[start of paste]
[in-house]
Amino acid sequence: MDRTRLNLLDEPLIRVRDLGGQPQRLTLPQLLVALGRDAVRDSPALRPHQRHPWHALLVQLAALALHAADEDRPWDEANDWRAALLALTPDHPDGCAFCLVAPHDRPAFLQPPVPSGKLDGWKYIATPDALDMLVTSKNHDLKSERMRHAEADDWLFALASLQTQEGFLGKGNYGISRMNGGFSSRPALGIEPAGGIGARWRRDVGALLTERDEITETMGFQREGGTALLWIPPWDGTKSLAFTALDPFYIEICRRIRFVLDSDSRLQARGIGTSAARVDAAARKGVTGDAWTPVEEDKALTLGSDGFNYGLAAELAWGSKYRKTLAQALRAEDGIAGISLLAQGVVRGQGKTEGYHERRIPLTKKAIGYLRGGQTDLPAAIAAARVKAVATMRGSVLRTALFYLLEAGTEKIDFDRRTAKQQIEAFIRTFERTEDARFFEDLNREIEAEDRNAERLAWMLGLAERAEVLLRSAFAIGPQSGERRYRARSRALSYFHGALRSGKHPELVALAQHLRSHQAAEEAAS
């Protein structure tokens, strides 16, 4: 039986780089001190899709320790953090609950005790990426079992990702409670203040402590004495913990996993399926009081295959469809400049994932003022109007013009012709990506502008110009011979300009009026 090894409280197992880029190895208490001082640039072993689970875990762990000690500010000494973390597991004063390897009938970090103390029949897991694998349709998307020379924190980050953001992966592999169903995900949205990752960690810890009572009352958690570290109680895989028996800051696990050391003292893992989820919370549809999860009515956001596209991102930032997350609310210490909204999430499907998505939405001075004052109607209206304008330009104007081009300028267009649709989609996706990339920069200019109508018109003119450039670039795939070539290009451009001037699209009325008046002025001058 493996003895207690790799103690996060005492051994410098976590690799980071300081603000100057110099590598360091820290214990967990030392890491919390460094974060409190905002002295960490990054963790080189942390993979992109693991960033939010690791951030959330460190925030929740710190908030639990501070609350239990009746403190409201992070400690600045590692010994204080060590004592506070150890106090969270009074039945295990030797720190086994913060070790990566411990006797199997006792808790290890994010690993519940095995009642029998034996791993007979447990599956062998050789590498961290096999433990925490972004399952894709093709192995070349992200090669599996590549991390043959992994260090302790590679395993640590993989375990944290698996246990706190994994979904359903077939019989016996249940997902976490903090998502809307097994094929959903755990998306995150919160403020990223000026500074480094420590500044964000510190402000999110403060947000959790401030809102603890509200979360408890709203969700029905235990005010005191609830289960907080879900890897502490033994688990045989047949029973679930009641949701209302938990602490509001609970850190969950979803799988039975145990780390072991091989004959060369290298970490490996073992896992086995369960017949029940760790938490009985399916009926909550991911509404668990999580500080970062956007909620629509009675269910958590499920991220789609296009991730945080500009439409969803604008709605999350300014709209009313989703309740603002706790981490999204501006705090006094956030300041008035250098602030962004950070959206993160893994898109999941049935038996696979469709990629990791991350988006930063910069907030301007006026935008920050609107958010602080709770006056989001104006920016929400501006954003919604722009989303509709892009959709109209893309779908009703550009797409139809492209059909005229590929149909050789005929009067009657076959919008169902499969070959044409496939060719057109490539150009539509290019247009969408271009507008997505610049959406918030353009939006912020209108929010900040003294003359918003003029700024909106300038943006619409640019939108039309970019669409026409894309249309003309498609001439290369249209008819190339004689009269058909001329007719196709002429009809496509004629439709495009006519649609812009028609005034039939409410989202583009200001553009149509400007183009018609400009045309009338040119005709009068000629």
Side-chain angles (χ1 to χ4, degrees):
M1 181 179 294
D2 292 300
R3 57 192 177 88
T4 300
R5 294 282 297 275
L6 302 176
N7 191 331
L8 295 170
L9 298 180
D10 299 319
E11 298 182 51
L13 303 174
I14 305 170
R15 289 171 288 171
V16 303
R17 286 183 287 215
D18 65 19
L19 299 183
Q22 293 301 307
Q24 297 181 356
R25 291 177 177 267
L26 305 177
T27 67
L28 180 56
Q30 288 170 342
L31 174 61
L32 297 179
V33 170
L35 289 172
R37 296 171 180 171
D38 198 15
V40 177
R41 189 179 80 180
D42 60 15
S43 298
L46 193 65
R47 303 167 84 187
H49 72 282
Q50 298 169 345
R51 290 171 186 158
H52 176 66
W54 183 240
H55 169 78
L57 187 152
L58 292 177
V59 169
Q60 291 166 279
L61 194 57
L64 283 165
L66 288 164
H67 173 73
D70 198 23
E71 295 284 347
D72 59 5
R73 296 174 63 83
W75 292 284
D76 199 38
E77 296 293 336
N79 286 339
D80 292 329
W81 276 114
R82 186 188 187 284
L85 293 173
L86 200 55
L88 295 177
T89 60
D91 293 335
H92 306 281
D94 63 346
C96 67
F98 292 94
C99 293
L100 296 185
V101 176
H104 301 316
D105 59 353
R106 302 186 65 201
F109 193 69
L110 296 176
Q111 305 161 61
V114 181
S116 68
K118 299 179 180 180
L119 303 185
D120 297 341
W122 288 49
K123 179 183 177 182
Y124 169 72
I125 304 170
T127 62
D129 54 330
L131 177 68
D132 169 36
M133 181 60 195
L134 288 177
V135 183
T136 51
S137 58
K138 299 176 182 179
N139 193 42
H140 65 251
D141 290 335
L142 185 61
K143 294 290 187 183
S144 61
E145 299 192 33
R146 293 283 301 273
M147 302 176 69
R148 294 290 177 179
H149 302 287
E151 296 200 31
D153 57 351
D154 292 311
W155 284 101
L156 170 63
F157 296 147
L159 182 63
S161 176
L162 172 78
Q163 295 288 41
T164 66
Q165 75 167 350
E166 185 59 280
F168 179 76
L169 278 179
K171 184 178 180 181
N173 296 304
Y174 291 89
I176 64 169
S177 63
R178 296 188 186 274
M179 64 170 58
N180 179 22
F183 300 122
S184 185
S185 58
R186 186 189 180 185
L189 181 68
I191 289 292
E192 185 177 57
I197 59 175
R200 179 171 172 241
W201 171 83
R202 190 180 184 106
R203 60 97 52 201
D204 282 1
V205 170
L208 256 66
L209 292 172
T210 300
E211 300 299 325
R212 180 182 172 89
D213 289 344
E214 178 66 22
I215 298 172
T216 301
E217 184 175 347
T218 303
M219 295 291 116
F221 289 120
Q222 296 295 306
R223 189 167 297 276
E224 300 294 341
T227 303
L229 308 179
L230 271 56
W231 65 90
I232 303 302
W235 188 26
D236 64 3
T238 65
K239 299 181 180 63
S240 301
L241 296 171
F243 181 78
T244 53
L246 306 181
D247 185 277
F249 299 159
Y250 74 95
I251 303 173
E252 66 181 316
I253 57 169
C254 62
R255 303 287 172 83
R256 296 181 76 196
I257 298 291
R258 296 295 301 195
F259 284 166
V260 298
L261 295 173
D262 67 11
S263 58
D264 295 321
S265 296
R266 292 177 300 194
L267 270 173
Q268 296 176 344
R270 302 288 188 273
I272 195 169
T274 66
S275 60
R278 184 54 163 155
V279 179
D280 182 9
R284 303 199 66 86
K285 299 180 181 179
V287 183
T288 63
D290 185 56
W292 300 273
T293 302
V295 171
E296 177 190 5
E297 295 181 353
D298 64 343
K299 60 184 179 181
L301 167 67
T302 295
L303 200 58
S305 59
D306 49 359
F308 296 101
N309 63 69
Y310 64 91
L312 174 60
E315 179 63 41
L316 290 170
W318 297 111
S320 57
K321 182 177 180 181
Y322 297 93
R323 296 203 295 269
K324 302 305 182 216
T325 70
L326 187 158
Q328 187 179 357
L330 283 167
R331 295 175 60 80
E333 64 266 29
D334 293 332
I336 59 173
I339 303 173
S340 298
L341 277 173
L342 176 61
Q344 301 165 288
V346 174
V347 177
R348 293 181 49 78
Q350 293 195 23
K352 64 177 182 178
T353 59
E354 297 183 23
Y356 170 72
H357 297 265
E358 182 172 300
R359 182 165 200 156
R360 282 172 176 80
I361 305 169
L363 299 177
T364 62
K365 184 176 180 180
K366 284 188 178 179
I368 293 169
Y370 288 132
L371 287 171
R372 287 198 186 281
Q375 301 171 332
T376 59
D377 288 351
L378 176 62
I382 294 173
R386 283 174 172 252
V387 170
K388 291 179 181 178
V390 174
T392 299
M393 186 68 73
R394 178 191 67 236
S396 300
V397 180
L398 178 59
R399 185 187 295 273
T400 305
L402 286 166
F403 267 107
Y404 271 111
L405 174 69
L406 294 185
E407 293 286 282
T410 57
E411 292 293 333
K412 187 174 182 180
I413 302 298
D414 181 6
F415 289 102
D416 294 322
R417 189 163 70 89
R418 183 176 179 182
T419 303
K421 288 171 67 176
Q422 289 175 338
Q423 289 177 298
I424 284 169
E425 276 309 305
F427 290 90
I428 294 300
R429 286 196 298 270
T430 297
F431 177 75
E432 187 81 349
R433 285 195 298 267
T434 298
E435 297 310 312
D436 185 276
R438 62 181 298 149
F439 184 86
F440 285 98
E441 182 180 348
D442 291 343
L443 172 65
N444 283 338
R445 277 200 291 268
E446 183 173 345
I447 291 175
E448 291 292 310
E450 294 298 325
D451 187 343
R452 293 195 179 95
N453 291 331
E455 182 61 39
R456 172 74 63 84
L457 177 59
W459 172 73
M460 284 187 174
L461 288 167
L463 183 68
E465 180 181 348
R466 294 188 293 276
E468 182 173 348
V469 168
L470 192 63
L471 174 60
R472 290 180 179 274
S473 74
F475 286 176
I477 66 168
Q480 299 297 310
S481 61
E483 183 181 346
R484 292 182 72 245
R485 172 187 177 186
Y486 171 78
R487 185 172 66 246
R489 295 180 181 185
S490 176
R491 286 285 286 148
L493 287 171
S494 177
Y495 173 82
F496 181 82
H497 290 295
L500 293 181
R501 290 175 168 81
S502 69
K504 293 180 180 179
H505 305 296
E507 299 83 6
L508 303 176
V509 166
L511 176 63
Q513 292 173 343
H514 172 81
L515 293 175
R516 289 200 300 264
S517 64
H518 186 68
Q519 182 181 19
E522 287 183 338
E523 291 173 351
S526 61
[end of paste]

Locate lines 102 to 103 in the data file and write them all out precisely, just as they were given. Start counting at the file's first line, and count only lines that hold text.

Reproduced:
S137 58
K138 299 176 182 179